On August 12, Russian media announced that Russian armed forces would deploy long-range armed UAVs in 2021. This is a supplement to the S-70 Hunter heavy strike UAV, which will be delivered in 2024, one year ahead of schedule. This shows that Russia has been paying more attention to sophisticated weaponry in the months after Turkish drones hit the air defense system Russia helped Syria build. Lieutenant general Sergey drorov, deputy commander in chief of the Russian air force, said that in 2021, the army will begin to receive multi-purpose long-range UAVs, which can not only conduct aerial surveys, but also attack enemy facilities with high-precision weapons.

Russia will deploy long-range armed UAVs in 2021 to attack enemy facilities with high-precision weapons

The identity of the new UAV has not been disclosed, but in the past few years, Russia has developed and tested many large UAVs, which are at different stages of development. Two of the more advanced, stealthy drone hunter and the Altius u, which are reported to have 24-hour endurance, may not be in use for several years. Samuel bendett, a Russian project consultant at the think tank cna and an expert on Russian unmanned military systems, said there were many possible candidates, including “right front”, “Orion”, “cross” and “oran-30”.

The “forpost-r” is an intelligence / surveillance / reconnaissance UAV, a slightly modified and “Russian” copy of Israel’s seeker IIA, which was originally flown in 1998. It has a wingspan of 28 feet (8.53 meters) and can carry a 150 pound (68 kg) payload. The Russian version flew successfully for the first time last year, and the Russian army ordered 10. It has a range of 18 hours and a cruising speed of about 80 miles per hour (110 km / h), and the ability to extend missions with longer ranges and long endurance capabilities, but is generally considered only as a reconnaissance asset.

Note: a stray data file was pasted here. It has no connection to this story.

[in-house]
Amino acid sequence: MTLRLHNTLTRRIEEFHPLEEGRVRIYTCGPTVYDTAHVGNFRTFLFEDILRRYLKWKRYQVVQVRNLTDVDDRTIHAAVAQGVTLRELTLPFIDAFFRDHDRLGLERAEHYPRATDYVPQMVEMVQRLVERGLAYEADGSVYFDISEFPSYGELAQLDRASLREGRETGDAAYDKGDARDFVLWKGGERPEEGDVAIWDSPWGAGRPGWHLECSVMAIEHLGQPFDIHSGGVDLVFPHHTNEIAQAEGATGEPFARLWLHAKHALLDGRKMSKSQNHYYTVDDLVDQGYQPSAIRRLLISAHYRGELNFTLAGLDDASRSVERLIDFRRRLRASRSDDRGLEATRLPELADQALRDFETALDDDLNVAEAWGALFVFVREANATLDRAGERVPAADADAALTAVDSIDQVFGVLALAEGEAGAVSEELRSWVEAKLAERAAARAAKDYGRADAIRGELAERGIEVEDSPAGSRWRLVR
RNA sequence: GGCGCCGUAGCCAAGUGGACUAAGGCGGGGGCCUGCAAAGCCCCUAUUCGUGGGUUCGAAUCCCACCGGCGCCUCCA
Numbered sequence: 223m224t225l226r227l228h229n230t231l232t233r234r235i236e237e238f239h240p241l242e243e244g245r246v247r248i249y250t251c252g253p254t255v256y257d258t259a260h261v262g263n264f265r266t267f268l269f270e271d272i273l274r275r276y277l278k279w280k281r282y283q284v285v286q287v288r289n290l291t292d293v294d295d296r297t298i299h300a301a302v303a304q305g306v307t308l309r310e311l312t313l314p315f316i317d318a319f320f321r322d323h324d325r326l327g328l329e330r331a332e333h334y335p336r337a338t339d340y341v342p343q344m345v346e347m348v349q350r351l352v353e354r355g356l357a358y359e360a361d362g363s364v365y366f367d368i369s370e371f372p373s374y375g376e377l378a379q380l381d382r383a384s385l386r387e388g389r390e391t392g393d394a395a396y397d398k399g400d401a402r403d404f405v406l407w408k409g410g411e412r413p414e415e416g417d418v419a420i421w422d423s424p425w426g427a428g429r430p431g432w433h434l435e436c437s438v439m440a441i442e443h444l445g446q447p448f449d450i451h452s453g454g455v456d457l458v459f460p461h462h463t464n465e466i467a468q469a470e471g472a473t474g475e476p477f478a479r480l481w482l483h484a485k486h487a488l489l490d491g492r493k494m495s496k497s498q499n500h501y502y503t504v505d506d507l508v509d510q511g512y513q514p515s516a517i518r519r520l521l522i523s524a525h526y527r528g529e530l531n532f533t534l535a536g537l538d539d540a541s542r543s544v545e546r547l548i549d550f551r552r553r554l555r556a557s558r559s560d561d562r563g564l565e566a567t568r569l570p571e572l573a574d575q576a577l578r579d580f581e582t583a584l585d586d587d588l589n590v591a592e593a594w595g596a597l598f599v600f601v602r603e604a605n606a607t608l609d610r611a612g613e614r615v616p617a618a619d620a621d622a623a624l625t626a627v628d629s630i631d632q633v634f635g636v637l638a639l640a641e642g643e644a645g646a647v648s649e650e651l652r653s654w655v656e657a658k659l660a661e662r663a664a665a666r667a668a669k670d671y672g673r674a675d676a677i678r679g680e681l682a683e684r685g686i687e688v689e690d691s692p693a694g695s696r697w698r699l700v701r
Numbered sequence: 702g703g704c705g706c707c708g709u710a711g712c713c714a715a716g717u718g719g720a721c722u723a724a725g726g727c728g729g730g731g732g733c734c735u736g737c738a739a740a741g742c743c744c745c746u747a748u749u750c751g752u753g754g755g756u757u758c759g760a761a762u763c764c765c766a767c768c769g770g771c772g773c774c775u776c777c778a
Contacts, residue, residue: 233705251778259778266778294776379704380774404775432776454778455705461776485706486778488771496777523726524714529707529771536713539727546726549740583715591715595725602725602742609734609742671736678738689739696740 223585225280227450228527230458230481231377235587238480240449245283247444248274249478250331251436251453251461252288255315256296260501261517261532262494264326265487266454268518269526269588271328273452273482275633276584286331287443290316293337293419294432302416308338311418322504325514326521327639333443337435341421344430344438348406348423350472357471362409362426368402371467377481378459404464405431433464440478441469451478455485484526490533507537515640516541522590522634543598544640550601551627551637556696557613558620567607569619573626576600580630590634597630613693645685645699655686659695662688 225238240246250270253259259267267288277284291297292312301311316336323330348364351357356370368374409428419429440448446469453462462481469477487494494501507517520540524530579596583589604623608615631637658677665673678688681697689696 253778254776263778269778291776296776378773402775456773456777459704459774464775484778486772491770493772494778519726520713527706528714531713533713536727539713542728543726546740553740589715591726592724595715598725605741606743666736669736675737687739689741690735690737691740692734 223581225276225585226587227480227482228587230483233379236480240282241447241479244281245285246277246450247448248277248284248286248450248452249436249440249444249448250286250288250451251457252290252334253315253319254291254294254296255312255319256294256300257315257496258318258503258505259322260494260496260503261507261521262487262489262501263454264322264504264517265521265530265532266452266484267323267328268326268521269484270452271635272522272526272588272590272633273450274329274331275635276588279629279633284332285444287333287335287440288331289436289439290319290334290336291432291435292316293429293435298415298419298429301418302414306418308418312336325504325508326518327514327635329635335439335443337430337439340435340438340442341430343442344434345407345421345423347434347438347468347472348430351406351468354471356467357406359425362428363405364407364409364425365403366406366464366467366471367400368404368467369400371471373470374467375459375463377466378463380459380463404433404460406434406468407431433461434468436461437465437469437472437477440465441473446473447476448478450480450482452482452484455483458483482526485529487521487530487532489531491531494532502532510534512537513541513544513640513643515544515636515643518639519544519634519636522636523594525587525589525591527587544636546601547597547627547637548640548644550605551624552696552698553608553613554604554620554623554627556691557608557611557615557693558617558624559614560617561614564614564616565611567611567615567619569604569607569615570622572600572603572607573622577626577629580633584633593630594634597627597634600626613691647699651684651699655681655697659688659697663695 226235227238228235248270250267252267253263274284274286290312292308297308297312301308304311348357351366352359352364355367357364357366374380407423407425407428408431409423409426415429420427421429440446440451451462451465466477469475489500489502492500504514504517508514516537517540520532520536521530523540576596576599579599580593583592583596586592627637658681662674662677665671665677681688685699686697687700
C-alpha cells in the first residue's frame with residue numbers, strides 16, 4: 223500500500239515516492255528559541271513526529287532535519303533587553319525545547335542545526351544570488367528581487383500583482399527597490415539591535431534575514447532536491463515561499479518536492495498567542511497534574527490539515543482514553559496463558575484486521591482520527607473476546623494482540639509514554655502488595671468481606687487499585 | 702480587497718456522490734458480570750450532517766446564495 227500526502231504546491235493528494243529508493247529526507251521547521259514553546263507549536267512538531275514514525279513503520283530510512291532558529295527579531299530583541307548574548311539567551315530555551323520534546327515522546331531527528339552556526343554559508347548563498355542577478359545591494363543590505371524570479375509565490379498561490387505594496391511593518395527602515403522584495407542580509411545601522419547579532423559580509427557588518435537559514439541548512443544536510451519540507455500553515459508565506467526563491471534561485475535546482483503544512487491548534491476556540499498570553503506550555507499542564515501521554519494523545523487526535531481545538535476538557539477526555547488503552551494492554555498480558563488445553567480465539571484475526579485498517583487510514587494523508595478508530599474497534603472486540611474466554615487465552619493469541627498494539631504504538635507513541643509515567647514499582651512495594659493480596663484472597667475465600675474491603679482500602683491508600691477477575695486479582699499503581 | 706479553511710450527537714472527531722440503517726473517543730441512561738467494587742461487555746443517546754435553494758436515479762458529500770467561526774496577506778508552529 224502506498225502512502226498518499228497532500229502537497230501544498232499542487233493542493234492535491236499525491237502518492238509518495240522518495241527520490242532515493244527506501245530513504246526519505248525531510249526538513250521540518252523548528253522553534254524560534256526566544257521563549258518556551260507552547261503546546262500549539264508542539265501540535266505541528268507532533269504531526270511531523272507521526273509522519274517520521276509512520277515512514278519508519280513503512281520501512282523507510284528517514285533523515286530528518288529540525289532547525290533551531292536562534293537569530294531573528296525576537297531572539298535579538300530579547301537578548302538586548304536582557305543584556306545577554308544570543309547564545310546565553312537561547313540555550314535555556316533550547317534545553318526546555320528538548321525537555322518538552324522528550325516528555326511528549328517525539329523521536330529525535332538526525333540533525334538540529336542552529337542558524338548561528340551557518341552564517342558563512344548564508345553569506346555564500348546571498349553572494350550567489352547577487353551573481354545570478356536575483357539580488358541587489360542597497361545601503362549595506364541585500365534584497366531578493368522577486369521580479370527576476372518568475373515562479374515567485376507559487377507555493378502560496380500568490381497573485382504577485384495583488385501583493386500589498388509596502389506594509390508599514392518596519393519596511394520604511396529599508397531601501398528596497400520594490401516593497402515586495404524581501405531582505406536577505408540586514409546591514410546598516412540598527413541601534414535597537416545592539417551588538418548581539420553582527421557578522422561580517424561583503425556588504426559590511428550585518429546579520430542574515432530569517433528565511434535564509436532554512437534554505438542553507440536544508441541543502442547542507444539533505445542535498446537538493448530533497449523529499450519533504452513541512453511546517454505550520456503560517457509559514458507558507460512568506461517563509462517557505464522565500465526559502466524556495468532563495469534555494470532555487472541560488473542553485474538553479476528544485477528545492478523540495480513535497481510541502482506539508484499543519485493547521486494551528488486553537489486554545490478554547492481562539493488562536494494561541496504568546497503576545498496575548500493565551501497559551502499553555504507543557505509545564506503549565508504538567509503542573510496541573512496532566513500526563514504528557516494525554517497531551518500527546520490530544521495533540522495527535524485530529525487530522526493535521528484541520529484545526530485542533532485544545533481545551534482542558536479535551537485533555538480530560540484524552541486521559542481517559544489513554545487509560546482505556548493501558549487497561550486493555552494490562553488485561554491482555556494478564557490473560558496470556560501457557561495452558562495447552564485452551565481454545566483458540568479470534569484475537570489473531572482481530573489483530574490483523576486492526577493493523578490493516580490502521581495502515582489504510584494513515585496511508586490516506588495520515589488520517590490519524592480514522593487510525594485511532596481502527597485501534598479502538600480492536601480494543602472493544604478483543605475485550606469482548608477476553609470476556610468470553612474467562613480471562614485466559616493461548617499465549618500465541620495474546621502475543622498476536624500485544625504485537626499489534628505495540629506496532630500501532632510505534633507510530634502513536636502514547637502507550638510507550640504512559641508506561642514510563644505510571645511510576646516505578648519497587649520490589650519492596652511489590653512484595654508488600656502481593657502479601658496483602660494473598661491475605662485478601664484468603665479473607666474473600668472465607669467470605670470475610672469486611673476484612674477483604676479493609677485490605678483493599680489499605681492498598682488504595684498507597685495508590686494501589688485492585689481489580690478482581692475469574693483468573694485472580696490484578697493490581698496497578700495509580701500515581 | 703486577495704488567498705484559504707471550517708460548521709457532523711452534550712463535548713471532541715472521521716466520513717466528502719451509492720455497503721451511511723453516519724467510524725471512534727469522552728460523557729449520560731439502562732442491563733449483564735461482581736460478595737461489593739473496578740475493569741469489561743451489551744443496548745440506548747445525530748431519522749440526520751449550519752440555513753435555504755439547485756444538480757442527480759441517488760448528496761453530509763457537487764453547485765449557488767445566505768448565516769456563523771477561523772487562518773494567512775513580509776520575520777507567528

Orion is a larger UAV with a wing span of 15 meters and a payload (or bomb load) of more than 180 kg. It has already played a role in experimental units and seems more likely to be a candidate for attacking roles. Bendit said the Russian Ministry of defense has purchased several for this year’s test and evaluation, and has conducted tests in Syria in combat mode. Russia’s defense industry began to design ammunition specifically for the UAV, including 20 to 45 kg of weapons, with a range of 96 km. In a special operation in Syria, the efficiency of UAVs has been confirmed, which further enhances the possibility that Orion will become a new type of attack UAV.

The “cross” is a small, multi-functional UAV with a wing span of 6.7 meters, which hardly attracts people’s attention. “Oran” – 30 UAV is small in size and load. It is the upgraded version of “Oran” – 10 Tactical Reconnaissance UAV launched in 2010, and is the main force of Russian Tactical UAV. In particular, some components of olan-10 seem to be made in the United States. Although Russia has not used the armed version of olan-10, it seems that copies of oran-10 filled with explosives have repeatedly played an offensive role in Syria.

Bendit said that no matter what model drorov mentions, the new aircraft is likely to move quickly into Syria to enhance the base’s defense capabilities and protect Russian troops and allies. Compared with countries like the United States, Russia seems to have a lot to catch up with in UAV warfare. The United States has been using this system for combat since 2001 and has been deployed for a longer period of time. In this regard, the United States and Israel have decades of practical experience in using UAVs for different roles, but countries willing to put their technology into the field can quickly bridge the learning gap in using such technologies.

The experimental deployment of Orion and uranus-9 unmanned tanks in Syria proved this willingness to put technology into actual combat. As bendit points out, UAVs are growing faster and cheaper than manned aircraft. In 2014, Russia formulated a 10-year comprehensive plan for paramilitary robots to accelerate the deployment and use of unmanned systems. In Ukraine and Syria, unmanned systems have been successfully deployed for reconnaissance and command of artillery fire, and the next move to drones is logical and could be an increasingly important step in Russia’s military strategy.

Editor in charge: GT

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